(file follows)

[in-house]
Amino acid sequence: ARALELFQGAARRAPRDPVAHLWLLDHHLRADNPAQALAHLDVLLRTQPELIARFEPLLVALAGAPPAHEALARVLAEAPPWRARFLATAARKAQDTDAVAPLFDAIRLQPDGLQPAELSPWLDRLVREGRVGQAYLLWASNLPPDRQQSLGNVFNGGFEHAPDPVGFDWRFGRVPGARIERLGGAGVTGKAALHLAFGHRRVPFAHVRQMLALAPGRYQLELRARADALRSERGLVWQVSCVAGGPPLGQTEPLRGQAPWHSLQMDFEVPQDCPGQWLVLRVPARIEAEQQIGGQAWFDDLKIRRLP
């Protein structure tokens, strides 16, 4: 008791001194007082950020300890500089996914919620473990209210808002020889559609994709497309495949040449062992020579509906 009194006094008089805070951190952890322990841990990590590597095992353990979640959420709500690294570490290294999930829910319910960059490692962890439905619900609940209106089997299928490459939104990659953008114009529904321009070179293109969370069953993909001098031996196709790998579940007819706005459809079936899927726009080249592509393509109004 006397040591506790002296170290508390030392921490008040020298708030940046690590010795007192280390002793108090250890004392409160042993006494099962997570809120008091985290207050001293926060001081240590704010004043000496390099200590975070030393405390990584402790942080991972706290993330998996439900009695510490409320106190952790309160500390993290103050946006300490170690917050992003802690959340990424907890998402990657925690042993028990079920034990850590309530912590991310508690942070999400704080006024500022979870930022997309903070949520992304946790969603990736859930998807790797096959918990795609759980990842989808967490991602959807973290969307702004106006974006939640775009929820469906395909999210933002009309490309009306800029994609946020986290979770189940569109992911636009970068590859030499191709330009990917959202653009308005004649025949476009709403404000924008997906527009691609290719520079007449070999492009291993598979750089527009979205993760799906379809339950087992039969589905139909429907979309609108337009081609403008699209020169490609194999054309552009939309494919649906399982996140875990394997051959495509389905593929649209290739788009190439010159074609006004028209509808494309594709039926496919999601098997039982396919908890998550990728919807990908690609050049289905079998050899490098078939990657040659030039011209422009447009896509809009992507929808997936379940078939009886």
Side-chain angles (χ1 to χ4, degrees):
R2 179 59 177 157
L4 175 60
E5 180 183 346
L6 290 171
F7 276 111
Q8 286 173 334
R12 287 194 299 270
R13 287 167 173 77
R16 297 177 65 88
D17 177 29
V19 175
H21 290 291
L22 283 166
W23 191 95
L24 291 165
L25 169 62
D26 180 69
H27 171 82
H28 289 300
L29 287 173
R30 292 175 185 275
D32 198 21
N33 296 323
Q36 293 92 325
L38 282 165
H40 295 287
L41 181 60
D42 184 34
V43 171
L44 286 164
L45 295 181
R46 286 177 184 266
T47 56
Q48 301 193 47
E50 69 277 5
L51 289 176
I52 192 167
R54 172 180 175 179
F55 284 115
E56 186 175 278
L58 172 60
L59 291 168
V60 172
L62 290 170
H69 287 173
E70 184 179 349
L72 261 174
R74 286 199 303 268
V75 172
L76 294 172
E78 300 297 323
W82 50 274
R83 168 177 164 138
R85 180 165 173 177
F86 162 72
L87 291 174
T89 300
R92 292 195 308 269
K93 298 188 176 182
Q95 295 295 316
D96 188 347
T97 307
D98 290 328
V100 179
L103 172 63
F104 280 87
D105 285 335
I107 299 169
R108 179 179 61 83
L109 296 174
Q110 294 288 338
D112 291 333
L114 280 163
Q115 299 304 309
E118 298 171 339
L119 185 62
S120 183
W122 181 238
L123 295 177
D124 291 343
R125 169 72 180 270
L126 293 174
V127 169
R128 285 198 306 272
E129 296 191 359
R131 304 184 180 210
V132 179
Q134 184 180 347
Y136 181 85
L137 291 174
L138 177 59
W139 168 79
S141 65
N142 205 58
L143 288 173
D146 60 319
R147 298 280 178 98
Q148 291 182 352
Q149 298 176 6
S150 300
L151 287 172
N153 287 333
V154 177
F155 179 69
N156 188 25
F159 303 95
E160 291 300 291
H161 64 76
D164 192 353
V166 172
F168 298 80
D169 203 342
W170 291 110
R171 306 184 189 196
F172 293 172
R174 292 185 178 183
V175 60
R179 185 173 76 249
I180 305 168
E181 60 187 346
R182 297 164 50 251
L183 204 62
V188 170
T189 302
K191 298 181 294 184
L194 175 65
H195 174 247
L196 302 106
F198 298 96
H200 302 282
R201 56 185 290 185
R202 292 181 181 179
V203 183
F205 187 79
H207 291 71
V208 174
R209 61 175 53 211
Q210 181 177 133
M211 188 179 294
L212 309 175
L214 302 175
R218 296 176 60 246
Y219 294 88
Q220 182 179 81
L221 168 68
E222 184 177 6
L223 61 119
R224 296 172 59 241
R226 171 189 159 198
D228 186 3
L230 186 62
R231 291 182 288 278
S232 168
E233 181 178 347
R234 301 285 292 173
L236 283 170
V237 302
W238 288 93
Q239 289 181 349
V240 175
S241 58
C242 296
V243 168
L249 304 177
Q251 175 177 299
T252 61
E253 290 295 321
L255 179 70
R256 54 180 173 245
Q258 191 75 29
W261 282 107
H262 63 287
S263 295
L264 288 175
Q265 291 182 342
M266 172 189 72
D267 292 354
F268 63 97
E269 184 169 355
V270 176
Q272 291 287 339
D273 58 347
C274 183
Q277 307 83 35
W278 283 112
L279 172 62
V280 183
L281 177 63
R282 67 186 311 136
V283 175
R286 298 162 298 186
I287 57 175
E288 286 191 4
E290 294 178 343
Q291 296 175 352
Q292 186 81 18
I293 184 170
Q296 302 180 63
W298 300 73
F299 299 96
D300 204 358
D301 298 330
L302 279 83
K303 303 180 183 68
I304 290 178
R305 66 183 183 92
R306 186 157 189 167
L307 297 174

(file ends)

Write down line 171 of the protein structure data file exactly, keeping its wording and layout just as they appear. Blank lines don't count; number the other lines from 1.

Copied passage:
E253 290 295 321